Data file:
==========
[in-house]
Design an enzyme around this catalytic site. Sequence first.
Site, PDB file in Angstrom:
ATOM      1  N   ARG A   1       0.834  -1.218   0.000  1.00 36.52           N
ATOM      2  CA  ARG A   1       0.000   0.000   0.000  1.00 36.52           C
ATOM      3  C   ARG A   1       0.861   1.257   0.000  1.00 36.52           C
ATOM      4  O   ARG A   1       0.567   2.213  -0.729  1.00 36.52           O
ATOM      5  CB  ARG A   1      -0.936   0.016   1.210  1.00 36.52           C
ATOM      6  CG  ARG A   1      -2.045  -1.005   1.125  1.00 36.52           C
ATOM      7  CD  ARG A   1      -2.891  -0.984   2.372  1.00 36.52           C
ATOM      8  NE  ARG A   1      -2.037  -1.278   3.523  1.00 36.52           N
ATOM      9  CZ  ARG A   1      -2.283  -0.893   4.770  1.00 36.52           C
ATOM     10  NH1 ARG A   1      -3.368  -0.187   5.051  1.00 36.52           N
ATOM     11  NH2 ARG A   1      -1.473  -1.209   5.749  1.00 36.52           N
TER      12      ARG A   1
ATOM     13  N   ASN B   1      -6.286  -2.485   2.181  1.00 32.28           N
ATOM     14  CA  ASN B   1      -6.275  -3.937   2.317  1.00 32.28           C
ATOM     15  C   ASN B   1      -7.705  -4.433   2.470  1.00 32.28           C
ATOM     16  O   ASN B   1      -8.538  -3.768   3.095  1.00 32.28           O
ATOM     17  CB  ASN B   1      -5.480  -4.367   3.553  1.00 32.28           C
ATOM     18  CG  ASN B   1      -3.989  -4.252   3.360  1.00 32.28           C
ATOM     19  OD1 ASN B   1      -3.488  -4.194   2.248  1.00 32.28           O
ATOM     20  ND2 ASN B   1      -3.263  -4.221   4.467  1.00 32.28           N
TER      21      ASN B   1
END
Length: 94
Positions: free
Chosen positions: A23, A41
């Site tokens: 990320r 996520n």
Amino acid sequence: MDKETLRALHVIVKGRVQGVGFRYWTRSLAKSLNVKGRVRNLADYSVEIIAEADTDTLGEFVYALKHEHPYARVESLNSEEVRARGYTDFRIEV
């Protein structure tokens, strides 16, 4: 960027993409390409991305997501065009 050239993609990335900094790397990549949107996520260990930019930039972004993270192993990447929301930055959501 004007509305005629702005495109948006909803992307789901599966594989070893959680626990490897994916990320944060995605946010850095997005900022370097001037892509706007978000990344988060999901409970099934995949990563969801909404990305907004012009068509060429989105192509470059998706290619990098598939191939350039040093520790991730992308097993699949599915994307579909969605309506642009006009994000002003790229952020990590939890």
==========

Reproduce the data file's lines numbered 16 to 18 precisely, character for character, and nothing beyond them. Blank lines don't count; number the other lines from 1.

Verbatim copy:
ATOM     13  N   ASN B   1      -6.286  -2.485   2.181  1.00 32.28           N
ATOM     14  CA  ASN B   1      -6.275  -3.937   2.317  1.00 32.28           C
ATOM     15  C   ASN B   1      -7.705  -4.433   2.470  1.00 32.28           C